It’s winter. You’re cold, and you’ve got the heat pump running. But only cold air seems to be coming out of your vents.

What’s the problem?

Well, there might not be a problem at all. Here’s what we mean:

Heat pump air might just feel cool

The heat pump may be blowing warm air; it just does not “feel” warm.

Here’s why: The vent air’s temperature might be below your body temperature (which is about 98.6°F). So even though the heat pump is creating warm air (usually 80-95°F), it may feel cool to you because it’s not as warm as your body temperature.

If you’re used to gas heating, a heat pump’s “lukewarm” air can take some getting used to.

To make sure your heat pump is heating your home, do this:

Go to your thermostat and check the inside temperature. Is it rising? Does it eventually get to your set temperature and shut off the heat pump? If so, then the heat pump is doing its job.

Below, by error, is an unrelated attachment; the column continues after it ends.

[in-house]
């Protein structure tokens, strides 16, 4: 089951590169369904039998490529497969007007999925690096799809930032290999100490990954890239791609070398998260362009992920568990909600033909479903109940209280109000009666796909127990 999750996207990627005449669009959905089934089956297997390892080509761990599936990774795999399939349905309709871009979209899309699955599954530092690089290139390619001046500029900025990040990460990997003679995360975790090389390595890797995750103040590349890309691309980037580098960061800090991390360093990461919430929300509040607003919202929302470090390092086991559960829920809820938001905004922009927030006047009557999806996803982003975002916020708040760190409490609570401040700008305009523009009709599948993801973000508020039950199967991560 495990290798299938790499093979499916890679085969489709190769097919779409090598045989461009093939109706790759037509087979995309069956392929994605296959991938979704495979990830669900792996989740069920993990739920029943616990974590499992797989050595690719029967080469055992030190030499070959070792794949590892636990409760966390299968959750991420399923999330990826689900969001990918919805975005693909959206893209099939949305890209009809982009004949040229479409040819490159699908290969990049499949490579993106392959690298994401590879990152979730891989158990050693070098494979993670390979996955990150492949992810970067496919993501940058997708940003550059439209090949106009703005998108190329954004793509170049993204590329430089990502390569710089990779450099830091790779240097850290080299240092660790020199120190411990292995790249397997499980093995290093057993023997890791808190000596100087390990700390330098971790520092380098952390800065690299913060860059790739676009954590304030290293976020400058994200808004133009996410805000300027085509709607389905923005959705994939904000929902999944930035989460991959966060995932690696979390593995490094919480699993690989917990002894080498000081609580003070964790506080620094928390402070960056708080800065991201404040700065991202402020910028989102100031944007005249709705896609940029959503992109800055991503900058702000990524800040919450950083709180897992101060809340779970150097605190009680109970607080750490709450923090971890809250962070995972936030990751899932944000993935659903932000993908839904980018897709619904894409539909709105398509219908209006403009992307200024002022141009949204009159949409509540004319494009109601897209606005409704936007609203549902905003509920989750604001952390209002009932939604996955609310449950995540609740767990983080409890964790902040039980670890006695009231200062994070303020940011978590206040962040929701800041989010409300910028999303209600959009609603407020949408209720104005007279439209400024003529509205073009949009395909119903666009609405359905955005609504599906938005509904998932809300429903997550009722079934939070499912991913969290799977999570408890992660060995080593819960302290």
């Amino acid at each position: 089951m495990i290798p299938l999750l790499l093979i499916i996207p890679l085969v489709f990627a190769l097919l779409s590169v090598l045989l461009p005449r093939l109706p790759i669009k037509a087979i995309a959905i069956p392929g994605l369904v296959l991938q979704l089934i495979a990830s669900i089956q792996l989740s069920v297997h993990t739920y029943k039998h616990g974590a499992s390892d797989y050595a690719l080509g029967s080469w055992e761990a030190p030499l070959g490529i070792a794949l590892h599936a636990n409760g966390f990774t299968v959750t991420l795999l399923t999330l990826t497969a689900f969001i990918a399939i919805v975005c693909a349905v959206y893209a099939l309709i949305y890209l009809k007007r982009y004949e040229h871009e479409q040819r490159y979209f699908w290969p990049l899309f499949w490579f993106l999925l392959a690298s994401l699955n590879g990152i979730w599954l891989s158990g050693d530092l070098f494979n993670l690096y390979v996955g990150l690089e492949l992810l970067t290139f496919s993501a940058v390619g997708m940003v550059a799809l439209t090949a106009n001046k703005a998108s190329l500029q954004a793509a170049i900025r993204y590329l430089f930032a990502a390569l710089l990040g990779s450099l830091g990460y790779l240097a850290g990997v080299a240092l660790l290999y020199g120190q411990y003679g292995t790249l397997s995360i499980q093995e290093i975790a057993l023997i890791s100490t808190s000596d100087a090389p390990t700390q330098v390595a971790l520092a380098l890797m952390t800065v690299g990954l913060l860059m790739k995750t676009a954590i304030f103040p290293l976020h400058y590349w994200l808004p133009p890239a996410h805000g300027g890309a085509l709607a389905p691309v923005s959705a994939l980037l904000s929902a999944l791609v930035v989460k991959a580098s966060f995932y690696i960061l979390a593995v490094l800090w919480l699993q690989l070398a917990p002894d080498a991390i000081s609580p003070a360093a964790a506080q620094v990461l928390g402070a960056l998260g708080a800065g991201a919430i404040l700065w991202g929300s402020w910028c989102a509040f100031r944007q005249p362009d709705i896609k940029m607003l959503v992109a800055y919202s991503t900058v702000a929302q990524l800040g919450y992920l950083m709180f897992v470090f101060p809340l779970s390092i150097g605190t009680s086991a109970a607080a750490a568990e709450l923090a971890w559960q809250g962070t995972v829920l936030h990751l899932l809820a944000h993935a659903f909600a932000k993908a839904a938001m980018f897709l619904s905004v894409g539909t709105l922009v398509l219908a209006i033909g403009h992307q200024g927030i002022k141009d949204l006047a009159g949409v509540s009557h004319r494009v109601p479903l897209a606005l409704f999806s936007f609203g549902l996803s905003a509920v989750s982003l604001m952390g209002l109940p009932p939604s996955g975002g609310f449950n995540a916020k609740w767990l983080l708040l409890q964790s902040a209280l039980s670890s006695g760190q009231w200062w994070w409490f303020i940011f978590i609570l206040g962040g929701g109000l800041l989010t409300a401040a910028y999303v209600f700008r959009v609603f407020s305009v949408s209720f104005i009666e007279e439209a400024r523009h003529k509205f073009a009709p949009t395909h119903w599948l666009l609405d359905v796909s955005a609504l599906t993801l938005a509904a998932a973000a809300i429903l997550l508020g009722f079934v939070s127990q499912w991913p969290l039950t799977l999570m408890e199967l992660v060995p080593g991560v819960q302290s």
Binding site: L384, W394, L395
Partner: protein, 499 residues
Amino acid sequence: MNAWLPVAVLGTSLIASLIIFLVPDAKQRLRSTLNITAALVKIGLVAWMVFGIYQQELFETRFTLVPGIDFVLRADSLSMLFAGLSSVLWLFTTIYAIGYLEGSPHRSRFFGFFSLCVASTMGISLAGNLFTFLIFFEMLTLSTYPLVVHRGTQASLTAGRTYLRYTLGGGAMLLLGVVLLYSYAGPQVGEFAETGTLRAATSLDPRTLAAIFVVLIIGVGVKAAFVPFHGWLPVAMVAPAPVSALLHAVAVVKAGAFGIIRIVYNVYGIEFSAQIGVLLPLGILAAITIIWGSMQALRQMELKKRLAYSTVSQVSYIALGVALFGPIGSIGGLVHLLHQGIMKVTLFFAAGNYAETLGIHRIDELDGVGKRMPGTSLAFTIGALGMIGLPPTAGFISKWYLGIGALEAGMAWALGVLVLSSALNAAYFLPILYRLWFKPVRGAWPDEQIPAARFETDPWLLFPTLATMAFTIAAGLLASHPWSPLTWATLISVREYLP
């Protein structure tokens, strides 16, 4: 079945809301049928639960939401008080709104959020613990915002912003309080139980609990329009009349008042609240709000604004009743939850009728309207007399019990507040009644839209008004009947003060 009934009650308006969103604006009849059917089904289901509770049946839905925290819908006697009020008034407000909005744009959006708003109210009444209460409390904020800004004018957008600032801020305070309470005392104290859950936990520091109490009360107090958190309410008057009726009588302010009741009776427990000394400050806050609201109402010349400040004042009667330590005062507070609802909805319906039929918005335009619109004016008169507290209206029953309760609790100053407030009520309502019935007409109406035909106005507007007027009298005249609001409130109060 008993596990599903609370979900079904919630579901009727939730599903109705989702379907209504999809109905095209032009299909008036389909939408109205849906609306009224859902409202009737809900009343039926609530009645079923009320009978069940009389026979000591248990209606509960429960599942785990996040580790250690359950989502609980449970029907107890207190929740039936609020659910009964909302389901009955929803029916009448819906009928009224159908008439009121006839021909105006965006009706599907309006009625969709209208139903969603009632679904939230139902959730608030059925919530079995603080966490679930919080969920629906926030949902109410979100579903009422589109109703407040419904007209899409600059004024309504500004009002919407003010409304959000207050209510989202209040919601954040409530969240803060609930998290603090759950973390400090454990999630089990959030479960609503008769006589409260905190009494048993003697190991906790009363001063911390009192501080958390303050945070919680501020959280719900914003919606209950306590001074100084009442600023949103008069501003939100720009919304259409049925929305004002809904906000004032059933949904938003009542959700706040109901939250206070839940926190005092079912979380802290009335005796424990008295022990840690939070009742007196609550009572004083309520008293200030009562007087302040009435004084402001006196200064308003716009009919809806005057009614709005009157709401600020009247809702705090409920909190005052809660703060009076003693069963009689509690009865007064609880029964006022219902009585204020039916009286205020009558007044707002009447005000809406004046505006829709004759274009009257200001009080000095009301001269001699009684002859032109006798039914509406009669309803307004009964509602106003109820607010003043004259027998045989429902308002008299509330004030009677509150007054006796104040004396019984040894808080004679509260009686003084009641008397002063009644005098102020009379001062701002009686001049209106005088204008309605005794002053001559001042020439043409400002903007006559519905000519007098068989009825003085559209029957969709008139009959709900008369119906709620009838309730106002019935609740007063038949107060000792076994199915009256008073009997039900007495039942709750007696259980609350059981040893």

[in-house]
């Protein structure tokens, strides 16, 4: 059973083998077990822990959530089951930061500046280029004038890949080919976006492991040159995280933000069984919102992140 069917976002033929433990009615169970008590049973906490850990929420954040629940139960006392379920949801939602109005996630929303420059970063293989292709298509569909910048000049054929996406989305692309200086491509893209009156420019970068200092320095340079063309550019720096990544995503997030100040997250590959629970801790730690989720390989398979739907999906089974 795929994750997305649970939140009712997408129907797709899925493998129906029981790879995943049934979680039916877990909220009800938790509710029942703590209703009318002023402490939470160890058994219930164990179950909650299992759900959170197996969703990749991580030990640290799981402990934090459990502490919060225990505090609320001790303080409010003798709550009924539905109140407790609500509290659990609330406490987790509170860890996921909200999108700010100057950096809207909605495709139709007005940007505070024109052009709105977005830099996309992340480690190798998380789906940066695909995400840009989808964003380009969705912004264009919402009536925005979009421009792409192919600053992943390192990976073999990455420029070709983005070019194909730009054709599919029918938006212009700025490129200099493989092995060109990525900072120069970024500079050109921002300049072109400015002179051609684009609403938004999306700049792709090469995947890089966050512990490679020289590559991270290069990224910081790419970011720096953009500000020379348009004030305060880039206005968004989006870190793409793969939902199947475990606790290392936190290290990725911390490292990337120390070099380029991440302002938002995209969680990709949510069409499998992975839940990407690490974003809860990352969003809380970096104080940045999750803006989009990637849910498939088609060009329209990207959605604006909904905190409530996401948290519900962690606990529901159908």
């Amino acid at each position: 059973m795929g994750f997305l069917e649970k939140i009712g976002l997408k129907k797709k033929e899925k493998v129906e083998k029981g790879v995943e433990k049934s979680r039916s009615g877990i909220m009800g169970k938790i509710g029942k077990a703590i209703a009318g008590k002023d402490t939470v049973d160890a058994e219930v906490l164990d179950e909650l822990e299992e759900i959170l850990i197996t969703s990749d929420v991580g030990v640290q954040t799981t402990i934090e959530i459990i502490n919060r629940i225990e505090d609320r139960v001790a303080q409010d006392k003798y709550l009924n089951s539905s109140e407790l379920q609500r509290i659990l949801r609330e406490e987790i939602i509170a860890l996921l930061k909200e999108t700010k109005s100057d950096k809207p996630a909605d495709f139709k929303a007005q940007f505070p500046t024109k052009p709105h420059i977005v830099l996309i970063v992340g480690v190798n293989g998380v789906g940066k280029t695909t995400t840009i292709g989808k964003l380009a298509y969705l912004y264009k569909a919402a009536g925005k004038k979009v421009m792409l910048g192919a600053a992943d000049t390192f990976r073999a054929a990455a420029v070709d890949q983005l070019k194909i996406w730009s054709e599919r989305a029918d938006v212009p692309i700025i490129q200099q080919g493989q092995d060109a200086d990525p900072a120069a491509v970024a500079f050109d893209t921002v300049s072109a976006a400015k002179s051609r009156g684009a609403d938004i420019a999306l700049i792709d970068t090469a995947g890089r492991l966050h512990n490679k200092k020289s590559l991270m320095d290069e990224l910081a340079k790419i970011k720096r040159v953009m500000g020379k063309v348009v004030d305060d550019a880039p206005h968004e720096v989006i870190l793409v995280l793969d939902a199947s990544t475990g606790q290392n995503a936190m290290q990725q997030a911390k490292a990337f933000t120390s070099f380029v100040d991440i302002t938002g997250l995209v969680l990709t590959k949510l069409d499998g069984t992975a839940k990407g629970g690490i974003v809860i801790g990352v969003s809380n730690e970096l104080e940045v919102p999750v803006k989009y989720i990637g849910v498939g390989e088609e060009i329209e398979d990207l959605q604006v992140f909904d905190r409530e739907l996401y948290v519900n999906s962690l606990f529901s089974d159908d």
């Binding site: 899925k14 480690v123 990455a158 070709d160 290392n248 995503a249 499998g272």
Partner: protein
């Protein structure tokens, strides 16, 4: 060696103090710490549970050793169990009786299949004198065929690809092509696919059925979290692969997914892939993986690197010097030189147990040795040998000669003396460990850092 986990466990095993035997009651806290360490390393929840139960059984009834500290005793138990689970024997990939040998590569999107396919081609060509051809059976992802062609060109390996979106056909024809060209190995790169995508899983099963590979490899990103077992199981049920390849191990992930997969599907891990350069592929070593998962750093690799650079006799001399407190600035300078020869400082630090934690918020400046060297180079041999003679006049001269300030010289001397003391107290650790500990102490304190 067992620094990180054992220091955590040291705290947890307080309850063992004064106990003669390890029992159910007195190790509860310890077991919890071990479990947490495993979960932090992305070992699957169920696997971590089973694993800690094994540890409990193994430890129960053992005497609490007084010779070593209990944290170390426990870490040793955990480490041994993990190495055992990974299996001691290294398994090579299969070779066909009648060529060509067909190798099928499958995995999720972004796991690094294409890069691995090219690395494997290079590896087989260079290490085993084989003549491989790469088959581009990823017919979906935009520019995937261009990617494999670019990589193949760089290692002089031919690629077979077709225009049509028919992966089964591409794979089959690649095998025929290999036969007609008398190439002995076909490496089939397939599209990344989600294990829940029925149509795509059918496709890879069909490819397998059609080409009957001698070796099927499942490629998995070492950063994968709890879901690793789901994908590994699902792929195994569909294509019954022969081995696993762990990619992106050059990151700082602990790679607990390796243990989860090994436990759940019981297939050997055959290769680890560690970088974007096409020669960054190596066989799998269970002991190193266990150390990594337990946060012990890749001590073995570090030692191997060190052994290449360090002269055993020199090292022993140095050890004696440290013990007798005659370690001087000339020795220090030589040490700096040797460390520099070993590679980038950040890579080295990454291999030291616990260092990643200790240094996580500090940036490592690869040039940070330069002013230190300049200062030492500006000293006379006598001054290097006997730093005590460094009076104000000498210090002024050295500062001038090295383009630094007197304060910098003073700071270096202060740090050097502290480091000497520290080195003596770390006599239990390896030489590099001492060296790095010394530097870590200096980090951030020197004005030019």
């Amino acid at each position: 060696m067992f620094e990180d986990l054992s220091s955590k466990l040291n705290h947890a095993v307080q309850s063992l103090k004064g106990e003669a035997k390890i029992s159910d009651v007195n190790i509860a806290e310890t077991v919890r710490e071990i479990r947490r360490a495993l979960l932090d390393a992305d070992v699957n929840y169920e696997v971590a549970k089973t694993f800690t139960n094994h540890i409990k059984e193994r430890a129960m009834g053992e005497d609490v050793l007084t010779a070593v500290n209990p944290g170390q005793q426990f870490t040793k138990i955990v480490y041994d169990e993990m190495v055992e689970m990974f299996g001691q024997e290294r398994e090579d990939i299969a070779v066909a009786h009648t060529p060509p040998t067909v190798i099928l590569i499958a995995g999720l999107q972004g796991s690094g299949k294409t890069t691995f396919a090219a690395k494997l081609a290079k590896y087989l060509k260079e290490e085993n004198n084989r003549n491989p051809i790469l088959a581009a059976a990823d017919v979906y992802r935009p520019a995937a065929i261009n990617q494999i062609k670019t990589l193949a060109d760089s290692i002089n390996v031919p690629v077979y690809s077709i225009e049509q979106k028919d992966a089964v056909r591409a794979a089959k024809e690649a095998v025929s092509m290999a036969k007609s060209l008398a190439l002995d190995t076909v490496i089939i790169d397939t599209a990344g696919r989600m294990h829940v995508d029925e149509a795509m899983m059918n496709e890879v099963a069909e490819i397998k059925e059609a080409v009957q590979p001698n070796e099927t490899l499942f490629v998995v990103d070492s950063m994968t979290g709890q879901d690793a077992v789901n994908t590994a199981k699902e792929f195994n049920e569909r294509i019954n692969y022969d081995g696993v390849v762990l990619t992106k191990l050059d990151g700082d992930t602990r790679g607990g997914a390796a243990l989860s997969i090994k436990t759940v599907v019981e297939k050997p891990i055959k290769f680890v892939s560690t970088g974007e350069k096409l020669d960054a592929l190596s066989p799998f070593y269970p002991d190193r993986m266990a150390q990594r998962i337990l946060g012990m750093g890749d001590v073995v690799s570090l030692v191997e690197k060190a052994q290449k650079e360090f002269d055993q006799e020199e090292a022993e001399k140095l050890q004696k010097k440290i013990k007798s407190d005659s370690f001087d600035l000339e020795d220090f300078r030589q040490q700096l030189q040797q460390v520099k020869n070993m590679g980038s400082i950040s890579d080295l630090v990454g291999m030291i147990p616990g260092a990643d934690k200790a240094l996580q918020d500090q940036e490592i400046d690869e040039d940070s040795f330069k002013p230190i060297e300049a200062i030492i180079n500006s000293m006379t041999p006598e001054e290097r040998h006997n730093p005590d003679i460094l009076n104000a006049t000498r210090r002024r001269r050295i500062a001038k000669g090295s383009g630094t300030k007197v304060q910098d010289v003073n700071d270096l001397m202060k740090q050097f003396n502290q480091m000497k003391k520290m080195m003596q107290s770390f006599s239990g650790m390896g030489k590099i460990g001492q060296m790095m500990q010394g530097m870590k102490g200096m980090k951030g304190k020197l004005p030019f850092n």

Heat pumps have to defrost occasionally

When it’s really cold outside, a heat pump has to occasionally defrost itself.

When it does this, you might notice a few minutes of cold air coming out of your vents before the heat pump begins heating again. This is normal operation during cold days and nothing to worry about, so long as your home reaches your thermostat’s set temperature.

Here’s a video that shows what a normal defrost cycle looks and sounds like: https://www.youtube.com/watch?v=xpLZgRpUFic

How to know when there’s a real problem

Of course, heat pumps do occasionally break down and need repairs (especially if you haven’t had regular maintenance done).

Here’s how to know you need to call a heating repairman: Your home doesn’t warm up. Simple as that.

If that’s what’s happening, here are some things to check before calling a repair company:

  • Make sure the thermostat is set to “heat”
  • Make sure the thermostat is set a few degrees higher than the indoor temperature
  • Check your air filter and replace it if it’s dirty

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